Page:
Chronos::setTestNow(Chronos::now());
MutableDateTime::setTestNow(MutableDateTime::now());
Date::setTestNow(Date::now());
MutableDate::setTestNow(MutableDate::now());

This will fix the current time of all objects to be the point at which the test suite started.

Usage

The Chronos API offers a very fast and intuitive way to work with datetime.

Let’s say you want to find the next Tuesday, if the current one is not already one:

$dt = new Chronos('2015-01-31');
if (!$dt->isTuesday()) {
    $dt = $dt->next(ChronosInterface::TUESDAY);
}

Quite convenient are also the checks to find out whether a date is in the past or the future:

$dt->isPast();
$dt->isFuture();

Of course, you could also use a more verbose way with gt()/lt() and a current "now" datetime.

Check out the official chronos docs for how to use it in general.

Usage in frameworks

Usually, frameworks should be able to switch inside DB layer from DateTime or Carbon to Chronos easily.
In CakePHP for example the type conversation is setup in the bootstrap, and it already uses the immutable Chronos objects by default:

// bootstrap.php
/**
 * Enable immutable time objects in the ORM.
 *
 * You can enable default locale format parsing by adding calls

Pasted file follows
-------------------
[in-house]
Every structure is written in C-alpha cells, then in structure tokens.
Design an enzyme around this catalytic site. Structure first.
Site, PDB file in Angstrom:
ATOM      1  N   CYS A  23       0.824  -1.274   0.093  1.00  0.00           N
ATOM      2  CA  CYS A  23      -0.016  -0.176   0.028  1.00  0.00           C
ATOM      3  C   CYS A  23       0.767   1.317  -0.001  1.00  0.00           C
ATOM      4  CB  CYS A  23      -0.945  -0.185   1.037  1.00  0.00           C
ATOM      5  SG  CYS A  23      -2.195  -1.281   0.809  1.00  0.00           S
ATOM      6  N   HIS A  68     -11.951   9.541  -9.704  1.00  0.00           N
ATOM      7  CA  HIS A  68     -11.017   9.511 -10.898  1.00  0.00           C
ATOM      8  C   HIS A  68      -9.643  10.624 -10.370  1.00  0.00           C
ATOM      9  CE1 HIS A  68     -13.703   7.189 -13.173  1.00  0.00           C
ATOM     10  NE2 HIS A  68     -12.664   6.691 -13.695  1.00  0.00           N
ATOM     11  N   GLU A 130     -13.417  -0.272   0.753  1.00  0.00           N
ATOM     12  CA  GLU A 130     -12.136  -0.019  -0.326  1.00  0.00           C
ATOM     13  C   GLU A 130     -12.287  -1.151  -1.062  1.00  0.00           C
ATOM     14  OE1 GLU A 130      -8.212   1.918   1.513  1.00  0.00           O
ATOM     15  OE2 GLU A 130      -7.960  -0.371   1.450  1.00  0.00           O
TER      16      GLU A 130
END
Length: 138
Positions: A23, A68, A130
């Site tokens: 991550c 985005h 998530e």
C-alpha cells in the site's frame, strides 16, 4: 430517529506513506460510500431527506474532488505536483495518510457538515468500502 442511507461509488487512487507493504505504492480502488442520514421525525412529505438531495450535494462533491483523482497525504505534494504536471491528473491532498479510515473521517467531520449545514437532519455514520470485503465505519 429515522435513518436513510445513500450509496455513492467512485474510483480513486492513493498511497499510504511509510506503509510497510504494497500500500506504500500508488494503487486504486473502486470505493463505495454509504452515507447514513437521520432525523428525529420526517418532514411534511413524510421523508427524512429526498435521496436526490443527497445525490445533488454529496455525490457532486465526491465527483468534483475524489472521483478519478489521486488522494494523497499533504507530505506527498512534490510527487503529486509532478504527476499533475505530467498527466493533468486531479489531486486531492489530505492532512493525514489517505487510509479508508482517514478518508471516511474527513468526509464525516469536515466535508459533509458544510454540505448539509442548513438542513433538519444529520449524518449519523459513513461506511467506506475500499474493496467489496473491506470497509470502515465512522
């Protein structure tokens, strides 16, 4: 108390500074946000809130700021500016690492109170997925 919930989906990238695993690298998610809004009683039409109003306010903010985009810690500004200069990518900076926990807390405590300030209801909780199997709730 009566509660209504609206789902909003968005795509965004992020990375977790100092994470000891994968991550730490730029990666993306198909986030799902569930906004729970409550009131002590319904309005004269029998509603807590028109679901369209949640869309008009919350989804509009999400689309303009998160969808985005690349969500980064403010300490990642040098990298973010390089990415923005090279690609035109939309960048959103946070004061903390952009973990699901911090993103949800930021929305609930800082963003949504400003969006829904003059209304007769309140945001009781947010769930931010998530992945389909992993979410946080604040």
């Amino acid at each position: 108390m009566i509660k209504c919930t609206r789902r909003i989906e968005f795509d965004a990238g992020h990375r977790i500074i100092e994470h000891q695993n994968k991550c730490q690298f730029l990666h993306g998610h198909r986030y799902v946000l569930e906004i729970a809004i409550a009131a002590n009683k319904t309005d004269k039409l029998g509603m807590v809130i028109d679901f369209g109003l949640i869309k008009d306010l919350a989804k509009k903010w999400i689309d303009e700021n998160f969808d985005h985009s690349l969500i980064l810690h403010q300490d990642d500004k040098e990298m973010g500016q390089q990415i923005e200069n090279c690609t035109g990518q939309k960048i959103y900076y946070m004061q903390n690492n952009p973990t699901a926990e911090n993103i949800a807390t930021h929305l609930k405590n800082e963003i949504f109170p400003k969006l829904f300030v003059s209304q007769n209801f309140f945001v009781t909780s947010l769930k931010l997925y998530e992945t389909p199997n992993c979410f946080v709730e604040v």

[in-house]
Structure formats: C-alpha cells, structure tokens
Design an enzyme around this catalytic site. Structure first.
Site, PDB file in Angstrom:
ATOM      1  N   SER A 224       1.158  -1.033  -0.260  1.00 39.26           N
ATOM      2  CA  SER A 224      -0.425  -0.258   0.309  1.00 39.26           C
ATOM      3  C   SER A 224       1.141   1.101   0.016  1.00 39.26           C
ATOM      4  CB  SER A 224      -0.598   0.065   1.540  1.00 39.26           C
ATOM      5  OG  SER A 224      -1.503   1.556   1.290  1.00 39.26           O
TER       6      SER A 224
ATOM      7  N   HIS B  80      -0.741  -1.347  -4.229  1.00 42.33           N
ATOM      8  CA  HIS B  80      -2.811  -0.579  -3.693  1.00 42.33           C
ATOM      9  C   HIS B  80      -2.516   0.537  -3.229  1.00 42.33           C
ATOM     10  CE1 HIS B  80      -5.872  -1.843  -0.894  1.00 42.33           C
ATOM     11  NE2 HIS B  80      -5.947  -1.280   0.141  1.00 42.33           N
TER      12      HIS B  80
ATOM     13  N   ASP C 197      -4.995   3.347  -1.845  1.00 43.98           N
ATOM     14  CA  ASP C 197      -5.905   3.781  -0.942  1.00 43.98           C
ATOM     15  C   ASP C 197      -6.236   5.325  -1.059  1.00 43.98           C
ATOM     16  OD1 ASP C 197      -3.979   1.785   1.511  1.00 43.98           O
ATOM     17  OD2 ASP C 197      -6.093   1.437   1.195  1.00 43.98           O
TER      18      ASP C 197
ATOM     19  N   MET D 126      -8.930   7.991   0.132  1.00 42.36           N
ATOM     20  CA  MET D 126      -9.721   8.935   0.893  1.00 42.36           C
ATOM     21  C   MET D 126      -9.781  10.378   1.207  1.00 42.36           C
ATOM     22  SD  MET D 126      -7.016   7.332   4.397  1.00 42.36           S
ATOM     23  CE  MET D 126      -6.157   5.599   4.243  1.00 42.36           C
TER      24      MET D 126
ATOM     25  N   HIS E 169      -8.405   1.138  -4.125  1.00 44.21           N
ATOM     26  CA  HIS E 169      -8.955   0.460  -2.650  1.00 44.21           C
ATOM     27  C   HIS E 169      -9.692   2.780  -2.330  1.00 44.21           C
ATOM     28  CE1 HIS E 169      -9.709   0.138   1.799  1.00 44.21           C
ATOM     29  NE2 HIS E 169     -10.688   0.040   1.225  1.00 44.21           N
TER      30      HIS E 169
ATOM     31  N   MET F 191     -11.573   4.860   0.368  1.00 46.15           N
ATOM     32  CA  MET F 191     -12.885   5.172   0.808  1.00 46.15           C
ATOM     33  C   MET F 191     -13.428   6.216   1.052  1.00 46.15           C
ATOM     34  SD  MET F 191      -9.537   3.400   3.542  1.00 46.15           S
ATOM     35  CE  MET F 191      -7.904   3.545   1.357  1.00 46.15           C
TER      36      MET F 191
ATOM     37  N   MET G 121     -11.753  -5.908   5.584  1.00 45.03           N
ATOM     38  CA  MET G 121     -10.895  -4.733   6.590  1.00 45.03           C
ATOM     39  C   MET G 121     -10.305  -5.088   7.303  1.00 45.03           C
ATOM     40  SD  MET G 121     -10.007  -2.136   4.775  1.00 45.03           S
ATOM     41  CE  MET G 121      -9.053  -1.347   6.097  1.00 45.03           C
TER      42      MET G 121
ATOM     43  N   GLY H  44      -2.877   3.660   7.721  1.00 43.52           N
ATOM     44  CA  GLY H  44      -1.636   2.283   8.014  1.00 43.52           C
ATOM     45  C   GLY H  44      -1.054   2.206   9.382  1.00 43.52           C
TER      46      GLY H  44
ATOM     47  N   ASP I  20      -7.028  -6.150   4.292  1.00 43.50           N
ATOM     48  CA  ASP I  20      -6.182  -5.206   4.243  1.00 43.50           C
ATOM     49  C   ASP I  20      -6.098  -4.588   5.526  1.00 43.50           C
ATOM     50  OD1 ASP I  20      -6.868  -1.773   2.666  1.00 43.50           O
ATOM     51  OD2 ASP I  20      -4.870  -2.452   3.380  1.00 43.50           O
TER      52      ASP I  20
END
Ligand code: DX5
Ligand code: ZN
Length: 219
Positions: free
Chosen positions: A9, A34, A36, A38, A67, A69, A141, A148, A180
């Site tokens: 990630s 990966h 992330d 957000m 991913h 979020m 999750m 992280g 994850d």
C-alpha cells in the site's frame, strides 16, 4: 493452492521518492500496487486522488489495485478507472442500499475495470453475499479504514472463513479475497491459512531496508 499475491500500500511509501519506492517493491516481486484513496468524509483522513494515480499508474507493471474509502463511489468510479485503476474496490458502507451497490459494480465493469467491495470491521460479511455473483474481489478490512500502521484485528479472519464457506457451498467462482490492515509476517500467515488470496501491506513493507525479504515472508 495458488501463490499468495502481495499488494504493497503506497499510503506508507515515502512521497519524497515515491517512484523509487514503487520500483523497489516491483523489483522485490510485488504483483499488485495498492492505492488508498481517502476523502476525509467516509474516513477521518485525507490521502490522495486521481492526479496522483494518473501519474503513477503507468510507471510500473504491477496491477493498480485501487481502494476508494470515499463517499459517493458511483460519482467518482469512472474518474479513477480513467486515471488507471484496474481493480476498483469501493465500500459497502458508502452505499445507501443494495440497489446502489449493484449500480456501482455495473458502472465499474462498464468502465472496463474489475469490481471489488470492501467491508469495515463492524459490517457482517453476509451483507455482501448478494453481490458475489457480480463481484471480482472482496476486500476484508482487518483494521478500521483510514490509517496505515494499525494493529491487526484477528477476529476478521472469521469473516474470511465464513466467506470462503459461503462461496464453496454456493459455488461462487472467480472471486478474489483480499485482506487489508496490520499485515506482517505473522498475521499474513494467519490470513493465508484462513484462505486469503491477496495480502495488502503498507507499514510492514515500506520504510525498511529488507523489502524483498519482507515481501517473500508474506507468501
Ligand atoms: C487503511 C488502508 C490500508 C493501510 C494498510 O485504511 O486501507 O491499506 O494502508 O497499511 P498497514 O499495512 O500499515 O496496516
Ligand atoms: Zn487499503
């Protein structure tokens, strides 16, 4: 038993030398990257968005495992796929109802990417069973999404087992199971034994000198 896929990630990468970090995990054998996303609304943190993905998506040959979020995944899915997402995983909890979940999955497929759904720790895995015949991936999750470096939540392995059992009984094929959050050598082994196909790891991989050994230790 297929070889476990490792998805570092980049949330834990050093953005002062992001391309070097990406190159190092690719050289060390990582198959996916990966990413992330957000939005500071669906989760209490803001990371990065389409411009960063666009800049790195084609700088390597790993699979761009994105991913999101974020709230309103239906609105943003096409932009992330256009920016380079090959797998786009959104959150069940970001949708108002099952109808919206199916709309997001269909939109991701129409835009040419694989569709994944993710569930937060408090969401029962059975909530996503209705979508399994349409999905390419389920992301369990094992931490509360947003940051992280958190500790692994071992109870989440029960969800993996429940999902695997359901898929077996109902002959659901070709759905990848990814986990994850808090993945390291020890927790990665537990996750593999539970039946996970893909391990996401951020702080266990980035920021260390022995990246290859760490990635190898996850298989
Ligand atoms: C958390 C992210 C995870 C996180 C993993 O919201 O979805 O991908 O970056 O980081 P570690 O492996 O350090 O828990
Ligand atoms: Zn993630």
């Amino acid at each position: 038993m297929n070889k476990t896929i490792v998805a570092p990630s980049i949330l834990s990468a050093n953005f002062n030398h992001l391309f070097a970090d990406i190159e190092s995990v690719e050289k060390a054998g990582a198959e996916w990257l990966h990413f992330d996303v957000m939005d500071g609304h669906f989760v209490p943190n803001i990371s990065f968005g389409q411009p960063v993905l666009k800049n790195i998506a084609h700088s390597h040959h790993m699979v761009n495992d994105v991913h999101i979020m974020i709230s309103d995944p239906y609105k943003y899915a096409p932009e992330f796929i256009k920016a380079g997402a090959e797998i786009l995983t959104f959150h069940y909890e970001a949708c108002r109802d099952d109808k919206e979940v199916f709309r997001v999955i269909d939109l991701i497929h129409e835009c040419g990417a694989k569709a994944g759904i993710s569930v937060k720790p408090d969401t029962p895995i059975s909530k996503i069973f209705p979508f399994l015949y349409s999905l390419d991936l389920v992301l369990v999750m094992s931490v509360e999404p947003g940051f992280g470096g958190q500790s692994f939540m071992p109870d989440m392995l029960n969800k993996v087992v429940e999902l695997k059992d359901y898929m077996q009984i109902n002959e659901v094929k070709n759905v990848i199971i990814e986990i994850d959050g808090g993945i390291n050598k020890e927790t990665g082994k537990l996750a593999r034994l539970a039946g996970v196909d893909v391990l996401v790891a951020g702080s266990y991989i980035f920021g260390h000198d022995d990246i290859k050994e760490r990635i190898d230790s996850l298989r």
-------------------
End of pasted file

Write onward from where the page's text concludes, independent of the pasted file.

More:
* to `useLocaleParser()`. This enables the automatic conversion of
 * locale specific date formats. For details see
 * @link http://book.cakephp.org/3.0/en/core-libraries/internationalization-and-localization.html#parsing-localized-datetime-data
 */
Type::build('time')
    ->useImmutable();
Type::build('date')
    ->useImmutable();
Type::build('datetime')
    ->useImmutable();

The underlying classes here extend Carbon and so in the ORM all ingoing and outgoing datetimes are Chronos objects.

 
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All new CakePHP Tips and Tricks

26 Mar

This is supposed to be a list of useful tricks gathered over many months.

First Templates, then Bake, then Adjustments

The usual workflow for a new project should be

This way you speed up your development while having all the advantages of custom templates.